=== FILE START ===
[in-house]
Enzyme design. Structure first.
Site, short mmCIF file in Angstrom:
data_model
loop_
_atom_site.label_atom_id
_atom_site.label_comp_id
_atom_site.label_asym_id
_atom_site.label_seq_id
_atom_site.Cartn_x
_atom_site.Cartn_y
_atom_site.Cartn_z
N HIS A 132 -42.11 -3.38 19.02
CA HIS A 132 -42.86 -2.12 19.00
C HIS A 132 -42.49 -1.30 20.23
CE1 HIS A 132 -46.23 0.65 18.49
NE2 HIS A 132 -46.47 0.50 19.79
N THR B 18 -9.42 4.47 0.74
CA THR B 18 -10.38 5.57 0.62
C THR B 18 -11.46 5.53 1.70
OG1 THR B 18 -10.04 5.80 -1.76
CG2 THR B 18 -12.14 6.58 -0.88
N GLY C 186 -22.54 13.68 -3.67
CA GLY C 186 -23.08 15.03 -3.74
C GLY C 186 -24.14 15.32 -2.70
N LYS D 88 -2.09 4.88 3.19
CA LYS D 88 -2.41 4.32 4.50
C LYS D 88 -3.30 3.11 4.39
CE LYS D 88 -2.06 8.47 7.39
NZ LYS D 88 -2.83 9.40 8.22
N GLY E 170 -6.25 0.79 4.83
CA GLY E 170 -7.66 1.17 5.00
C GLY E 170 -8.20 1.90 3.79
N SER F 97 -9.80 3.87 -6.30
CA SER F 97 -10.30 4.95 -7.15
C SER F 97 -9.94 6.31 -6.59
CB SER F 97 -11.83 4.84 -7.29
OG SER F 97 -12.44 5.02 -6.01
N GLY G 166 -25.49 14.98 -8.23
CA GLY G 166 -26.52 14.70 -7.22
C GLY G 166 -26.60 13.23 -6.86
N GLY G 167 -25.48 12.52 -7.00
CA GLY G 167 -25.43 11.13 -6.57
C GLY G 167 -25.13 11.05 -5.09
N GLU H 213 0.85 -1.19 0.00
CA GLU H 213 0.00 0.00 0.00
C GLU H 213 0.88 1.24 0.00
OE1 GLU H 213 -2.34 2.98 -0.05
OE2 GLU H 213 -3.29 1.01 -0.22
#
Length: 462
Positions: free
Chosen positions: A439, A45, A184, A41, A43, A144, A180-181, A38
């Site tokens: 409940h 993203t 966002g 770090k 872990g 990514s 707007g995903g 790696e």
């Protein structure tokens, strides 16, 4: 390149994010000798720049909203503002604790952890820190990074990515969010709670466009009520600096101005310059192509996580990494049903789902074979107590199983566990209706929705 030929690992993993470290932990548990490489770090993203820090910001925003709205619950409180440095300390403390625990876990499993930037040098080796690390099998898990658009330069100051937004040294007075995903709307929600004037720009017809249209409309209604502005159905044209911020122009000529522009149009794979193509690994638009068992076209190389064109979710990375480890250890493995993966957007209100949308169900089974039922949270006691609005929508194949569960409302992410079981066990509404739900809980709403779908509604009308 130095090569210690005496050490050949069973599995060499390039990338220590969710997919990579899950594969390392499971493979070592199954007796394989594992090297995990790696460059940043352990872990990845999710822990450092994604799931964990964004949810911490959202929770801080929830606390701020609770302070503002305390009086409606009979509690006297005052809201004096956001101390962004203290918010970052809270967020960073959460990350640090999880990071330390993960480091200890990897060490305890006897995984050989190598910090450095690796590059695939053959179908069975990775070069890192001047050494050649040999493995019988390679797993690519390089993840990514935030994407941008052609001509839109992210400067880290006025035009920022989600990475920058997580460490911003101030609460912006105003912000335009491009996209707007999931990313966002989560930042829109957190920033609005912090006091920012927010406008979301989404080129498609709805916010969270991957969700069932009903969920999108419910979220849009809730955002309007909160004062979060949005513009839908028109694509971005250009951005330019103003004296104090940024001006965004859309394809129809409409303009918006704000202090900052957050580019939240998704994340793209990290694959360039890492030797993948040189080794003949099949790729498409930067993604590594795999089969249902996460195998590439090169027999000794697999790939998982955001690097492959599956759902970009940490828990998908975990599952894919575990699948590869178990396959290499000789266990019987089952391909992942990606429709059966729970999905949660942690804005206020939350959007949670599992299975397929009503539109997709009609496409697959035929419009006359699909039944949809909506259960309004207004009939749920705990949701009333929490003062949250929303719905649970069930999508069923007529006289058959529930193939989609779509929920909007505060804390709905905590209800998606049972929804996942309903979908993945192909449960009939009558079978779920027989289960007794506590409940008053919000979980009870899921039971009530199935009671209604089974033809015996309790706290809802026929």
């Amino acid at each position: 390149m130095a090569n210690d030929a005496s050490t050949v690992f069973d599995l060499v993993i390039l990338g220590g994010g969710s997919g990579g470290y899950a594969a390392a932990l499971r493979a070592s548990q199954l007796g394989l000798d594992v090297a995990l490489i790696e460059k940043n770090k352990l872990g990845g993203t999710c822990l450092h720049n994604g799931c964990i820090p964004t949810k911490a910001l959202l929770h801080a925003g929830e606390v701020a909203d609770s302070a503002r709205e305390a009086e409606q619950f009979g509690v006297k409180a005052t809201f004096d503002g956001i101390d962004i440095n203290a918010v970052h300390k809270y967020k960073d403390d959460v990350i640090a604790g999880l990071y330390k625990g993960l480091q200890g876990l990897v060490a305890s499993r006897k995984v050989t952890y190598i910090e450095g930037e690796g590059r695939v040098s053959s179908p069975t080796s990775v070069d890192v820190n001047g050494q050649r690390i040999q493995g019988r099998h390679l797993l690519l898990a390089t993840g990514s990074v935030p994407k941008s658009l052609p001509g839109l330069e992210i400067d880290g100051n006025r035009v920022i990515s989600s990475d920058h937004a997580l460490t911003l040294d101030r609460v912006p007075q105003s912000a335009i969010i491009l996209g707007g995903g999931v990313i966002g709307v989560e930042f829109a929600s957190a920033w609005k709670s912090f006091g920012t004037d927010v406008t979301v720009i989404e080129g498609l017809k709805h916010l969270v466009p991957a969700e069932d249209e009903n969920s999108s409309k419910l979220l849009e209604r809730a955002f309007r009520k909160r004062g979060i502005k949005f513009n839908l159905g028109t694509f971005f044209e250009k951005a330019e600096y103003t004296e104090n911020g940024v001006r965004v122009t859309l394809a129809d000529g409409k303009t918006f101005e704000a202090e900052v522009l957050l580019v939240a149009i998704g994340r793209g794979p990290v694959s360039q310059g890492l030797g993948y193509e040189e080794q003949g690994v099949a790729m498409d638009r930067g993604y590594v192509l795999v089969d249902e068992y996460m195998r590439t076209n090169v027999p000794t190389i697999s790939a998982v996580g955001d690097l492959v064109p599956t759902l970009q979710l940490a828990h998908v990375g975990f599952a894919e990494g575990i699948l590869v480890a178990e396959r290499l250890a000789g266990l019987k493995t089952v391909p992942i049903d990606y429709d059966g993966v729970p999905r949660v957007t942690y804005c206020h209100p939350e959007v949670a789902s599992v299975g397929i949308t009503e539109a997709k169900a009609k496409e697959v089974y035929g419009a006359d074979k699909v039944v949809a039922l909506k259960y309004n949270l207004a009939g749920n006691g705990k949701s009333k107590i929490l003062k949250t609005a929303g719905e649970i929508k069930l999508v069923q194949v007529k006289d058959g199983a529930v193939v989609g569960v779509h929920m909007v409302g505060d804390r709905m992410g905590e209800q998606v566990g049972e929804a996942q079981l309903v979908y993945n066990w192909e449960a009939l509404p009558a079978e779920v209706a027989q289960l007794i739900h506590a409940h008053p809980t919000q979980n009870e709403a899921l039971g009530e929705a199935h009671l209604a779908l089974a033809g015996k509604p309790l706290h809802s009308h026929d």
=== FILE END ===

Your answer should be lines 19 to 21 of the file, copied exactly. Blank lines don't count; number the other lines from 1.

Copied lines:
CA THR B 18 -10.38 5.57 0.62
C THR B 18 -11.46 5.53 1.70
OG1 THR B 18 -10.04 5.80 -1.76